I am trying to write a spec for a data warehouse server for our planned data warehouse upgrade.

As we run virtual servers on VMWare hosts we have the ability to add or remove resources as necessary. In the past we've incrementally added RAM and CPU as required. As our demands have increased we've lobbied for more resources. (primarily disk & RAM).

We ask for more. They give us as little as possible.

However recently whenever we talk about resources we are now criticized for not spec'ing the machine right in the first place, and I am now being told the dev hosts are maxed out, there is no more RAM available.

We're a small Local Government organisation with ~50 regular users of the DW. In normal daily use it runs fine. We get good mdx query performance, and our reports and dashboards are fast. Users are happy.

However our ETL processes run throughout the night, and we're starting to see evidence of memory pressure when processing datamarts simultaneously. Last night SSIS failed with warnings about an "out of memory error".

Our existing DW server is Win 2008 R2 with 4 CPU's and 16Gb of RAM running SQL 2012 Std. I have max server memory set to 12GB, leaving 4GB for OS and services etc. Our existing DW has 3 datamarts/OLAP cubes, and we are developing 2 more.

| Datamart | Files GB |  Fact (Rows)  | Fact (Mb) | ETL & Process |
| OLAP cube|          |               |           | Time (hours)  |
| PBI      |       3  |  190,000      |  180      |  0.2          |
| FBI      |      30  |  26,100,000   |  10,000   |  1.5          |
| RBI      |     175  |  62,000,000   |  32,000   |  8.3          |
| ABI*     |     100  |  44,050,000   |  21,000   |  4.0          |
| EBI*     |      11  |  100,000,000  |  6,000    |  2.0          |
* Planned/Estimated

Our new server is planned to be Win 2012 running SQL 2016 Enterprise. It will run SQL, SSIS, SSRS & SSAS. Storage isn't an issue, but i'm not sure about RAM & CPU.

According to the Fast Track Data Warehouse Reference Guide for SQL Server 2012, the minimum I should have is 128Gb for a 2 socket machine... which seems a bit excessive. The Hardware and Software Requirements for Installing SQL Server 2016 recommends a minimum of 4Gb of RAM for SQL 2016. That's quite a difference!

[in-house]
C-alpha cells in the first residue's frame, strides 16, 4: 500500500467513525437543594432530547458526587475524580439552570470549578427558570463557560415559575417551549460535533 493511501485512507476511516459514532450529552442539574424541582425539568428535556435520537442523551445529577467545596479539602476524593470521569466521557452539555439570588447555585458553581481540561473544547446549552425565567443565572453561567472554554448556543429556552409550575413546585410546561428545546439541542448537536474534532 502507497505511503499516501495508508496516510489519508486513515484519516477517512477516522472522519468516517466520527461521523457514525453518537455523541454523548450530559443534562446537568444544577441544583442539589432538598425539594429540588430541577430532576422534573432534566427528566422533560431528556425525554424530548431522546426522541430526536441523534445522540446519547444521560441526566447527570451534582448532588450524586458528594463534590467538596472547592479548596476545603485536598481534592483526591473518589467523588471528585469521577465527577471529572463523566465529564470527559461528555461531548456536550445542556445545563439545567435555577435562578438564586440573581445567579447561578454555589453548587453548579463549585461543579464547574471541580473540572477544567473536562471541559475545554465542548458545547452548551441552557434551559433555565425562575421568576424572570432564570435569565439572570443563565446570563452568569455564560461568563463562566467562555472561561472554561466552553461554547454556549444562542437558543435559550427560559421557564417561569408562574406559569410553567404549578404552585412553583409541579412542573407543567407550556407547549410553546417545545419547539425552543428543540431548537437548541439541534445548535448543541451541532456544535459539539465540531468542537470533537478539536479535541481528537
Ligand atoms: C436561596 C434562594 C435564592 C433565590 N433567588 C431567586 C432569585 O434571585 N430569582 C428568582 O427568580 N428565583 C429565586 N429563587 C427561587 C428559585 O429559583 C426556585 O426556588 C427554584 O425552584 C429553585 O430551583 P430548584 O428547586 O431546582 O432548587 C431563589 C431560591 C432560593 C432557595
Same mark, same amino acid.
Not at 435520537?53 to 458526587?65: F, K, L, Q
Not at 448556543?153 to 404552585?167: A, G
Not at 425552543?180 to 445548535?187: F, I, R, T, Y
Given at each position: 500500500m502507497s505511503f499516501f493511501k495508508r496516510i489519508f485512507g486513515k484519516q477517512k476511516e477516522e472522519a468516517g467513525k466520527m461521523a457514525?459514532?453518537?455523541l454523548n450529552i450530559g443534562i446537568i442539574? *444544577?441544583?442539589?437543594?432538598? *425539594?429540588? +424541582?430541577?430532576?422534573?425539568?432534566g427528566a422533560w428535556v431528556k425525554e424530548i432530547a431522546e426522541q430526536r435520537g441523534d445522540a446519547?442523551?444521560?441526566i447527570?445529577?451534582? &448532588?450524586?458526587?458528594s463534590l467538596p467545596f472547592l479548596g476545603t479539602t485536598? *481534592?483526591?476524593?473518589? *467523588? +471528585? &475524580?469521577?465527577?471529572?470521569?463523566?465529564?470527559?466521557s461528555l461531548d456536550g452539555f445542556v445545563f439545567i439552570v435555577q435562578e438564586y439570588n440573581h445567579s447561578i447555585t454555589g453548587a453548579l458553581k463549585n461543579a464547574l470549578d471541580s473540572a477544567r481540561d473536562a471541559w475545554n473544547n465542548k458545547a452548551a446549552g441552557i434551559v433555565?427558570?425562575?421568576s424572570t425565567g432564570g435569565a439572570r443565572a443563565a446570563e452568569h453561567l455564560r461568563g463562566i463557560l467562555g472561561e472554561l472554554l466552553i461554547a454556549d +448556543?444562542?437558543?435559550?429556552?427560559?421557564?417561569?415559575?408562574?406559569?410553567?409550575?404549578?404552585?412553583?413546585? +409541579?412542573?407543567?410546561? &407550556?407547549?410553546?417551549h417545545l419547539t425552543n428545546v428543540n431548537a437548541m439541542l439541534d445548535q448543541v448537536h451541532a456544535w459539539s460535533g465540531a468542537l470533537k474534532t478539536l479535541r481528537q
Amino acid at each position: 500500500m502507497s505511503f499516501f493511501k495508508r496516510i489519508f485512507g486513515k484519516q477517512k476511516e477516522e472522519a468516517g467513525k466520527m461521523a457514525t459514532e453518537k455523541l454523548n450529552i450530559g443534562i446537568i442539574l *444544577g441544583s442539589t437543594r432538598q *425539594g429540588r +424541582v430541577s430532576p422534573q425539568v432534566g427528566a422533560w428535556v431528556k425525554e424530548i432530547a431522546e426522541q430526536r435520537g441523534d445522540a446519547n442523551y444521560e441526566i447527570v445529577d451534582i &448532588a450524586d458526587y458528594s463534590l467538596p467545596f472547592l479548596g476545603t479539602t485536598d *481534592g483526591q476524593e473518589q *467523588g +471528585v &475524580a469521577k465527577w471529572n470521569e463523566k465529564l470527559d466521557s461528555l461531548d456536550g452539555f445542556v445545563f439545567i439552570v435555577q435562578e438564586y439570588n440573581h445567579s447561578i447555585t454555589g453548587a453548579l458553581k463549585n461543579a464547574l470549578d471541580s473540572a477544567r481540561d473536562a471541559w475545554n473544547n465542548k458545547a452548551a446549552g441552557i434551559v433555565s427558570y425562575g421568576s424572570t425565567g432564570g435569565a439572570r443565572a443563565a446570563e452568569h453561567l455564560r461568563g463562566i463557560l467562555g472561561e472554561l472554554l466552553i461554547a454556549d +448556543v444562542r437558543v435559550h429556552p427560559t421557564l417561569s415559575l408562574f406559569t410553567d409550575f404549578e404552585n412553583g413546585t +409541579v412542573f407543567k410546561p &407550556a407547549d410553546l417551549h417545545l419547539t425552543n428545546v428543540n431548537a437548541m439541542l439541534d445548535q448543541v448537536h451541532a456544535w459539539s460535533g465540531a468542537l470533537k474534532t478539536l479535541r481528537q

So.. What is a good starting point? 32Gb? 64Gb? How do I justify my starting position (spec) to IT?

Are there any good guides about how to calculate server resources?

Are there any good rules of thumb?

What are the key ingredient/metrics for RAM sizing in a DW context?

  • The volume of data?
  • The number of cubes?
  • The time it takes to do ETL or process a cube?
  • Peak processing load overnight or performance as viewed by end users during the day?
  • I think 4GB may not be enough if you are running SSIS, SSRS and SSAS on the same server. I suggest you experiment with different values. How big are the databases on this SQL instance?
    – BuahahaXD
    Feb 11, 2016 at 9:27

3 Answers 3


Great question, and I did a session about this at TechEd a few years ago called Building the Fastest SQL Servers:


In it, I explain that for data warehouses, you need storage that can provide data fast enough for SQL Server to consume it. Microsoft built a great series of white papers called the Fast Track Data Warehouse Reference Architecture that goes into hardware details, but the basic idea is that your storage needs to be able to provide 200-300MB/sec sequential read performance, per CPU core, in order to keep the CPUs busy.

The more of your data that you can cache in memory, the slower storage you can get away with. But you've got less memory than required to cache the fact tables that you're dealing with, so storage speed becomes very important.

Here's your next steps:

  • Watch that video
  • Test your storage with CrystalDiskMark (Here's how)
  • With 4 cores, you'll want at least 800MB/sec of sequential read throughput
  • If you don't have that, consider adding memory until the pain goes away (and caching the entire database in RAM isn't unthinkable)

Say you've got a 200GB database that you're dealing with, and you can't get enough storage throughput to keep your cores busy. It's not unthinkable to need not just 200GB of RAM, but even more - because after all, SSIS and SSAS really want to do their work in memory, so you have to have the engine's data available, plus work space for SSIS and SSAS.

This is also why people try to separate out SSIS and SSAS onto different VMs - they all need memory simultaneously.

  • 1
    Hi. Thanks for your reply. I need to set aside some time to watch your vid and take it all in. I have seen the Fast Track DW docs. Ideally id like to work through this methodically, but im thinking that the fastest way out of my quagmire is to refer to the FTDW docs and say "64Gb minimum... because... Microsoft say so". Feb 15, 2016 at 7:14
  • How relevant is caching data in memory if users are hitting the olap cube but not the underling table? As i understand it SSAS will utilise sql server when processing but is caching aggregations in files on disk. So provided users are only hitting aggregated data, there should be little I/O through SQL. Is that correct? Or am i talking hogwash? Feb 16, 2016 at 5:58
  • @Peter - you were talking about performance issues when doing ETL and building the cubes. That data comes from the database, right? If you're changing courses and now you're talking about end-user-facing performance, then correct - but you may want to reword your question then.
    – Brent Ozar
    Feb 16, 2016 at 11:25

The Fast Track Data Warehouse Reference Guide for SQL Server 2012 is actually a bit out-of-date especially if you're moving to SQL Server 2016 (really? Call me), not just in terms of time, but also features.